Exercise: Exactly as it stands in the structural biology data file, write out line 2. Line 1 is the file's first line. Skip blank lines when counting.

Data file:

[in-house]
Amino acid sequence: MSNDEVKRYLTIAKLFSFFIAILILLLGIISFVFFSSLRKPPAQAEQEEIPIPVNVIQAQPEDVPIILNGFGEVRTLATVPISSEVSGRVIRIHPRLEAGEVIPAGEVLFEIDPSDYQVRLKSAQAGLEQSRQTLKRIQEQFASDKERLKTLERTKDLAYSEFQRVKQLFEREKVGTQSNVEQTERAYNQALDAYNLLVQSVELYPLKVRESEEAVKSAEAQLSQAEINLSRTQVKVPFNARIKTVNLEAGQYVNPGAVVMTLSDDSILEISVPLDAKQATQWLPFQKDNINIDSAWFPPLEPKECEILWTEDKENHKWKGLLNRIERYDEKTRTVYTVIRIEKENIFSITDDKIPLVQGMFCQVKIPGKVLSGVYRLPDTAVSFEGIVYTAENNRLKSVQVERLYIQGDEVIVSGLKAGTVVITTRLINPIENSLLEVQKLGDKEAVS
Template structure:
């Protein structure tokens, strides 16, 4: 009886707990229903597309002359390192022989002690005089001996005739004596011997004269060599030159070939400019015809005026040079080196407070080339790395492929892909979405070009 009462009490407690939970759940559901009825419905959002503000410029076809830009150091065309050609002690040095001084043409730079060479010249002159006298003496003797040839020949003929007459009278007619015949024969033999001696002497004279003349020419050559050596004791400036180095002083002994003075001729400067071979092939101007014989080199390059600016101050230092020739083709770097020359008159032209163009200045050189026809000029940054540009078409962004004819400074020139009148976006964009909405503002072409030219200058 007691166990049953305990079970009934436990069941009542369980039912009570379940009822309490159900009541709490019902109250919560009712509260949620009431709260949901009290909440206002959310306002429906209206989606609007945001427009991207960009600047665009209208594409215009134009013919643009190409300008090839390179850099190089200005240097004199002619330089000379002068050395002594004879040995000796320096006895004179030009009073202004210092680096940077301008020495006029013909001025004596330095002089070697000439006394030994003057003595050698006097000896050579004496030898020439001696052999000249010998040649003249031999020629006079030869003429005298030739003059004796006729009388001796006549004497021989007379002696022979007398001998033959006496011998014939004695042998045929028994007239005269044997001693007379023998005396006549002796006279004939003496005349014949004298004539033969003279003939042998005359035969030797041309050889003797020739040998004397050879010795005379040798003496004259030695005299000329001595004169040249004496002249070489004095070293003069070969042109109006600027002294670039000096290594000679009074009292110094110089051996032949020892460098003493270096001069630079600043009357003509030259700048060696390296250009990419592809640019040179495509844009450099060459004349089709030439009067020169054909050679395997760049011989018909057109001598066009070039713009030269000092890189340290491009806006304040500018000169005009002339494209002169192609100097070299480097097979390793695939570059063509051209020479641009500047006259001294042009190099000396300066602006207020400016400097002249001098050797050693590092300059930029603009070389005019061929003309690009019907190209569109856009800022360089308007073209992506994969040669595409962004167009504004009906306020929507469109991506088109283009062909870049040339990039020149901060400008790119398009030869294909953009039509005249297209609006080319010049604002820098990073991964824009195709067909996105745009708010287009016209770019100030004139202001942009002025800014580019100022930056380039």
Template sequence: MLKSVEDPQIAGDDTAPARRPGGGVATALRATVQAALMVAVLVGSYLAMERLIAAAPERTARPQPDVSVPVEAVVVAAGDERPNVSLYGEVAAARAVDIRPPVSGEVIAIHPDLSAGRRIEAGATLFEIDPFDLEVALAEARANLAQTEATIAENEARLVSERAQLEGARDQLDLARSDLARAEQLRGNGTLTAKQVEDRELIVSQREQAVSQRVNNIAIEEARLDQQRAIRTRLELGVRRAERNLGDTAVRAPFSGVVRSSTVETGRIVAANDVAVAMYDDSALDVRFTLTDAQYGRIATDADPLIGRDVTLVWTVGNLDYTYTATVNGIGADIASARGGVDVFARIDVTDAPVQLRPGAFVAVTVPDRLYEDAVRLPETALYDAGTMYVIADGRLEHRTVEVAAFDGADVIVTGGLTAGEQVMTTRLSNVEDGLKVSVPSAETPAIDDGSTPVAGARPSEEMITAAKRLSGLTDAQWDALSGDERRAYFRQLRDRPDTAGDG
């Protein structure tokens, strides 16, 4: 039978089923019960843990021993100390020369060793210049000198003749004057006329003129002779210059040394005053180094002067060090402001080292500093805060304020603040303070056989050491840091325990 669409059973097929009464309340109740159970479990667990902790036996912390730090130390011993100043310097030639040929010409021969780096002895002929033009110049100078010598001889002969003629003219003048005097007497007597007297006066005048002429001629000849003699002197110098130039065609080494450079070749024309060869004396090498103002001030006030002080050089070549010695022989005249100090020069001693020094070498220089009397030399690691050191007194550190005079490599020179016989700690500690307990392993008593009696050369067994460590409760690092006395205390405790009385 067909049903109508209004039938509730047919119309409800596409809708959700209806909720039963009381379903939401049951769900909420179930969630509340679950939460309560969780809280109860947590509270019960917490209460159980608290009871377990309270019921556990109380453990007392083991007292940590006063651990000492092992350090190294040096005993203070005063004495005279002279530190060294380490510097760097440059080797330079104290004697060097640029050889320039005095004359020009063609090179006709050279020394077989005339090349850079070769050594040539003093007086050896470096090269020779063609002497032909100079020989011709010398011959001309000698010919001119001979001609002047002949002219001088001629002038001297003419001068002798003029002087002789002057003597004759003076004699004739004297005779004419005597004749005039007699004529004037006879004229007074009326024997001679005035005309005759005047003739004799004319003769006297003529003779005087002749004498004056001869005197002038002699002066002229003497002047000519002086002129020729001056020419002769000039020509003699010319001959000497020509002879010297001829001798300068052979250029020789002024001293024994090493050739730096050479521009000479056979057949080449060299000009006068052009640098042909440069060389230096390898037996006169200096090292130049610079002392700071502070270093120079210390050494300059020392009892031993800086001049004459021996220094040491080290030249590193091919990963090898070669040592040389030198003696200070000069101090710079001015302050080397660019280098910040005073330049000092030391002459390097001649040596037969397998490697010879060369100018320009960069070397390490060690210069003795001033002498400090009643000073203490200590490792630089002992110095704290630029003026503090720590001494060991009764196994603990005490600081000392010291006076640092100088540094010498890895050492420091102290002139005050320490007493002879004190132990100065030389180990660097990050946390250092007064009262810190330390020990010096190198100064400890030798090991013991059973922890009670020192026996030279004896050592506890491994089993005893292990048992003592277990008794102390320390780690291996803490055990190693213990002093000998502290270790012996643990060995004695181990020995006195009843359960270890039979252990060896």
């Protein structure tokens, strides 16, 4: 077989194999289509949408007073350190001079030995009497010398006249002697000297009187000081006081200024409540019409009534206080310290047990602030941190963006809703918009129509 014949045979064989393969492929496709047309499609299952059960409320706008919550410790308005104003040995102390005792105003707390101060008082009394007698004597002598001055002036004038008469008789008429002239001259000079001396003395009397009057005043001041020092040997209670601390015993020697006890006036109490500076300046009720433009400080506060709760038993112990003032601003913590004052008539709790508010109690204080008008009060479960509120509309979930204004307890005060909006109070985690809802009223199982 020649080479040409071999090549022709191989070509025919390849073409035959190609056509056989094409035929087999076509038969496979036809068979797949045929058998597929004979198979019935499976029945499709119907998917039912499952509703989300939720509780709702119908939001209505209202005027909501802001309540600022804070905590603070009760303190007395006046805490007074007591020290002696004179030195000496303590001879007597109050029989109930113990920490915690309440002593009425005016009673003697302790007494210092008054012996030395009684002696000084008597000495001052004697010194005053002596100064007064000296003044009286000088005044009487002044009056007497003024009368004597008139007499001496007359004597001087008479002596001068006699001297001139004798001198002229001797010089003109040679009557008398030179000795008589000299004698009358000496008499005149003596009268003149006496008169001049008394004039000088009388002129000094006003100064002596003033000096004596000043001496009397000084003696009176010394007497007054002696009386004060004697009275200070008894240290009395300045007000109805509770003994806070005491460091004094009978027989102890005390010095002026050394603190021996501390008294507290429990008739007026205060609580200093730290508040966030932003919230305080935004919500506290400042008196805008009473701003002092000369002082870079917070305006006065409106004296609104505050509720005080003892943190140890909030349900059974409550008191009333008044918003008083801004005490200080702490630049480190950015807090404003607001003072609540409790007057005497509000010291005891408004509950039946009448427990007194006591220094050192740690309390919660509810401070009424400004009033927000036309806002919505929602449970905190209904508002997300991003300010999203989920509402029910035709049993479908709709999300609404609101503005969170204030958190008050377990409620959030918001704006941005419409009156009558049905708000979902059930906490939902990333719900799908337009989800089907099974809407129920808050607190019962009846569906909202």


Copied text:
Amino acid sequence: MSNDEVKRYLTIAKLFSFFIAILILLLGIISFVFFSSLRKPPAQAEQEEIPIPVNVIQAQPEDVPIILNGFGEVRTLATVPISSEVSGRVIRIHPRLEAGEVIPAGEVLFEIDPSDYQVRLKSAQAGLEQSRQTLKRIQEQFASDKERLKTLERTKDLAYSEFQRVKQLFEREKVGTQSNVEQTERAYNQALDAYNLLVQSVELYPLKVRESEEAVKSAEAQLSQAEINLSRTQVKVPFNARIKTVNLEAGQYVNPGAVVMTLSDDSILEISVPLDAKQATQWLPFQKDNINIDSAWFPPLEPKECEILWTEDKENHKWKGLLNRIERYDEKTRTVYTVIRIEKENIFSITDDKIPLVQGMFCQVKIPGKVLSGVYRLPDTAVSFEGIVYTAENNRLKSVQVERLYIQGDEVIVSGLKAGTVVITTRLINPIENSLLEVQKLGDKEAVS